headaches of their own, and in any case the algebraic interface is probably
too bizarre for most users.

toPropertyList :: i -> PropertyListSource

Construct a `PropertyList`

from the item.

fromPropertyList :: PropertyList -> Maybe iSource

Convert a property list to a property list item if its contents
_exactly_ fit the target type. Note that when using types
such as `Map`

`String`

`Int`

(as opposed to `Map`

`String`

`PropertyList`

) this will mean that a single element of the
dictionary of a non-`Int`

type will cause the entire conversion to
fail.

listToPropertyList :: [i] -> PropertyListSource

In order to support a general instance for lists without breaking String, we use the same trick as the Prelude uses for Show. Generally, the list methods should not be overridden, and maybe they shouldn't even be exported.

listFromPropertyList :: PropertyList -> Maybe [i]Source

alterItemAtKeyPathM :: (Monad m, PropertyListItem i, PropertyListItem i') => [String] -> (Maybe i -> m (Maybe i')) -> Maybe PropertyList -> m (Maybe PropertyList)Source

`alterItemAtKeyPathM path f`

applies the function `f`

deep inside the
`PropertyList`

on the property list item at the given key-path `path`

(if possible). This is the same notion of key path as is used in the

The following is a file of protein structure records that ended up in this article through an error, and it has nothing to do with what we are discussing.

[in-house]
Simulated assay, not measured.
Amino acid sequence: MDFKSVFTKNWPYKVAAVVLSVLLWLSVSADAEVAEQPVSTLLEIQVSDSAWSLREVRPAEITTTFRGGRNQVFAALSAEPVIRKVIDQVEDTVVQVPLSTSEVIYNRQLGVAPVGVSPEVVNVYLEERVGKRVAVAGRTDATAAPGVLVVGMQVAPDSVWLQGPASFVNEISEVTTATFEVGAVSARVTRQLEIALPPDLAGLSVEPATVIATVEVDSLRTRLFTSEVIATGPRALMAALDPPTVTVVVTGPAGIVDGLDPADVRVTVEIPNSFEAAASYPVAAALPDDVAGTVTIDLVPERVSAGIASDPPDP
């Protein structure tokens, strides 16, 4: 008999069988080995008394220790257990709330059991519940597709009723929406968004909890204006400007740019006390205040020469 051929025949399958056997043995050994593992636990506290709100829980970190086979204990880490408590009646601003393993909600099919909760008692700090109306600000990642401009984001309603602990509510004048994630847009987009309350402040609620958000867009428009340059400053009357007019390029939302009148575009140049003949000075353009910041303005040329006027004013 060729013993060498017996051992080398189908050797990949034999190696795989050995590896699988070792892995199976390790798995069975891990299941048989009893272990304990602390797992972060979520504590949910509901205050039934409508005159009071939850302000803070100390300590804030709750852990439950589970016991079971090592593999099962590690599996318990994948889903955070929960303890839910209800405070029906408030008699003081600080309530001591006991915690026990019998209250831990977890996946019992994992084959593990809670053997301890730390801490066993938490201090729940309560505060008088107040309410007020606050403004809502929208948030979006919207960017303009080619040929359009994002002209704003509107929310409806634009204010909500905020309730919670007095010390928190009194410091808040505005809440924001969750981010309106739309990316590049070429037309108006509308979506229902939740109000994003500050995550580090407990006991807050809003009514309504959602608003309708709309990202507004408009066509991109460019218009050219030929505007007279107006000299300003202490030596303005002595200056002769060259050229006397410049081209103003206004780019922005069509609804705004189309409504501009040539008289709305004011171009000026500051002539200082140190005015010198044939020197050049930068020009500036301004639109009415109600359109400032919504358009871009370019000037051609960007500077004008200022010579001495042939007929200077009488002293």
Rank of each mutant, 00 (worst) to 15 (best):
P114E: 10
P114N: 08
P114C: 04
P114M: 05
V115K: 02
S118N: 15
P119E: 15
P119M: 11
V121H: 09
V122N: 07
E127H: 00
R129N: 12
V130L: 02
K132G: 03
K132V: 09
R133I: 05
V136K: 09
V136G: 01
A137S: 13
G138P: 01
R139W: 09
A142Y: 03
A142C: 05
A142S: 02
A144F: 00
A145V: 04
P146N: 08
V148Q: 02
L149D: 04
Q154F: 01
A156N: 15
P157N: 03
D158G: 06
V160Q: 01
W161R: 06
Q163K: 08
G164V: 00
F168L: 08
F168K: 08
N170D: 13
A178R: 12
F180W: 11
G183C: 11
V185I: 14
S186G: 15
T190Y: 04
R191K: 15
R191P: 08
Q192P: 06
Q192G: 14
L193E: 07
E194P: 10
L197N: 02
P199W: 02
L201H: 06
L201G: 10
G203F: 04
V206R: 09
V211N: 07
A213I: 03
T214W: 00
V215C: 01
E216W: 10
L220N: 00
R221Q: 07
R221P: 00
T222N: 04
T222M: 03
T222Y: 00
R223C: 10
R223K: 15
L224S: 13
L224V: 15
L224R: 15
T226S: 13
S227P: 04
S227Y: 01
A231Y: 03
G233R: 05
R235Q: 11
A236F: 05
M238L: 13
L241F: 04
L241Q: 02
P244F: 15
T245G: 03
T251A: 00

Apple plist APIs - each component of the path indicates descending
into a dictionary by selecting the element with that key (if any). If a
key is not found, it is created. If a key is found but is not a
dictionary, the operation fails (with `fail`

from the `Monad`

class).

If the result of `f`

is `Nothing`

, and the resulting dictionary is empty,
that dictionary is deleted in the result (and any empty parent dictionaries).
If this is not the behavior you want, you should alter the parent dictionary
itself and return an empty one.

alterItemAtKeyPath :: (PropertyListItem i, PropertyListItem i') => [String] -> (Maybe i -> Maybe i') -> Maybe PropertyList -> Maybe PropertyListSource

`alterItemAtKeyPath path f`

applies the function `f`

deep inside the
`PropertyList`

on the property list item at the given key-path `path`

(if possible). This is the same notion of key path as is used in the
Apple plist APIs - namely, each component of the path indicates descending
into a dictionary by selecting the element with that key (if any). If a
key is not found, it is created. If a key is found but is not a
dictionary, the operation fails (with `error`

).

If the result of `f`

is `Nothing`

, and the resulting dictionary is empty,
that dictionary is deleted in the result (and any empty parent dictionaries).
If this is not the behavior you want, you should alter the parent dictionary
itself and return an empty one.

getItemAtKeyPath :: PropertyListItem i => [String] -> Maybe PropertyList -> Maybe iSource

Gets the item, if any (and if convertible to the required type),
at a given key path. If the key path passes through something that
is not a dictionary, the operation returns `Nothing`

.

setItemAtKeyPath :: PropertyListItem i => [String] -> Maybe i -> Maybe PropertyList -> Maybe PropertyListSource

Sets the item at a given key-path. If the key path does not exist, it is
created. If it exists but passes through something that is not a dictionary,
the operation fails (with `error`

)